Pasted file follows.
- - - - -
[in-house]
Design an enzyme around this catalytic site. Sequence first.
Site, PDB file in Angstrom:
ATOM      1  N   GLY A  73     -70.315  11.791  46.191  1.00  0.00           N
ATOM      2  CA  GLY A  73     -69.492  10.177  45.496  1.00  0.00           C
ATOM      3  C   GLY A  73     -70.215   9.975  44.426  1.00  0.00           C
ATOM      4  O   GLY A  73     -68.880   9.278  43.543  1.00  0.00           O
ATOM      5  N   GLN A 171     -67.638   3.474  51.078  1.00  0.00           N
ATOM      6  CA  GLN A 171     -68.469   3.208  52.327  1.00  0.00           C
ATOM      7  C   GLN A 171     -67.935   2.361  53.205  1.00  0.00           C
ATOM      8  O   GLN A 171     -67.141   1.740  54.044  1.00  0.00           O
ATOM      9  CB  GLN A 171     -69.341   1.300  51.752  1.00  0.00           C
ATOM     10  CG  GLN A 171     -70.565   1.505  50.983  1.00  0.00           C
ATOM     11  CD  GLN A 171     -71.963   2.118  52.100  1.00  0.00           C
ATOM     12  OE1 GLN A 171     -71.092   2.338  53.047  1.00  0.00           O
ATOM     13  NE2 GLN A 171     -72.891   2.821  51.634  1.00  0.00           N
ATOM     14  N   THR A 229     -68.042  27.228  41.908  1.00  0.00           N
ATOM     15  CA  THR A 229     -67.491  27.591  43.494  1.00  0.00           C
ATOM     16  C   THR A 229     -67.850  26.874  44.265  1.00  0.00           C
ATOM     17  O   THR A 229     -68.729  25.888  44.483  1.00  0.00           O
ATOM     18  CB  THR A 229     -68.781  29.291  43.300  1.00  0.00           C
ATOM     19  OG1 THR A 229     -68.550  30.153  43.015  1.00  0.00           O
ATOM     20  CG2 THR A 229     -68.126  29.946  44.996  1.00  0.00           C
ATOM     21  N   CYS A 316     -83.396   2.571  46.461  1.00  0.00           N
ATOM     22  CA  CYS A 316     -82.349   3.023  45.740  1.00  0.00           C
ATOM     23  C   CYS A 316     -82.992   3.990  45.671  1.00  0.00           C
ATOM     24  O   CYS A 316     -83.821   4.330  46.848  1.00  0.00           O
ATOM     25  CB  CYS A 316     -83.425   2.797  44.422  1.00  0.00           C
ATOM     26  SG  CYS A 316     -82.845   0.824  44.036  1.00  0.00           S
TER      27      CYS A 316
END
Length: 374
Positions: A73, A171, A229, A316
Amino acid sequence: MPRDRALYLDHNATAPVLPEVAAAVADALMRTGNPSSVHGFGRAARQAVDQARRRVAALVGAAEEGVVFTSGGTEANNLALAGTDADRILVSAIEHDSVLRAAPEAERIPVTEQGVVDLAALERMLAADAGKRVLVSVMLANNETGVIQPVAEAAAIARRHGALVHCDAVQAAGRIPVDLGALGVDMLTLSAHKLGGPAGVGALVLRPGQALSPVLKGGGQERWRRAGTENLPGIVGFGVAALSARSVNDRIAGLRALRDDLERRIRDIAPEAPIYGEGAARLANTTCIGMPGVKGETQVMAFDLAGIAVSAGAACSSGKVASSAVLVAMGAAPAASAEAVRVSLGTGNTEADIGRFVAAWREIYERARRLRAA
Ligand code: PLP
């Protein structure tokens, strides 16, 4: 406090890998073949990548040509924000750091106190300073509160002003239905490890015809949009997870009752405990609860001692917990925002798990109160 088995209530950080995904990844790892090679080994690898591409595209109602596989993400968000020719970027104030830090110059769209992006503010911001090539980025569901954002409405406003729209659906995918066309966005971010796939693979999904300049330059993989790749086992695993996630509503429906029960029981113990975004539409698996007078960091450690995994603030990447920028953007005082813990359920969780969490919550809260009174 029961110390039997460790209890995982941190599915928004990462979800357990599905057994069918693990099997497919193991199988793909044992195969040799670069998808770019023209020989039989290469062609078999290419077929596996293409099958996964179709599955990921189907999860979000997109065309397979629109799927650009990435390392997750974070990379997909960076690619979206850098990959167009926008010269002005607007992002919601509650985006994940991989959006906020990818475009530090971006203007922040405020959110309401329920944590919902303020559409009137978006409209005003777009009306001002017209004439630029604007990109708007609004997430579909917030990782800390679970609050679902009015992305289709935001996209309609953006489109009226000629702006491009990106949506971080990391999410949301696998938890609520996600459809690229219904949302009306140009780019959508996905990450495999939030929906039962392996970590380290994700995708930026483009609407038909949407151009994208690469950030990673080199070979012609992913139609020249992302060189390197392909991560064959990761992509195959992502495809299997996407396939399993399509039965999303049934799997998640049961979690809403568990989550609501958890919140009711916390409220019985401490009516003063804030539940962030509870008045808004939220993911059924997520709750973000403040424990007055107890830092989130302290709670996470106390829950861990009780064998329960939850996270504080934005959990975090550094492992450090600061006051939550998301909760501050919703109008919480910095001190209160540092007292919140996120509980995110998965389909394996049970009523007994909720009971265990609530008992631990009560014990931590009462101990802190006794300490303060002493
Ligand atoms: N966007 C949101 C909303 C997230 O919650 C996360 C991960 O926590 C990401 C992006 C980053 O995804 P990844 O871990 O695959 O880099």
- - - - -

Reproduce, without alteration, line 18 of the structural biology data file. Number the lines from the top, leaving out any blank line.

ATOM     15  CA  THR A 229     -67.491  27.591  43.494  1.00  0.00           C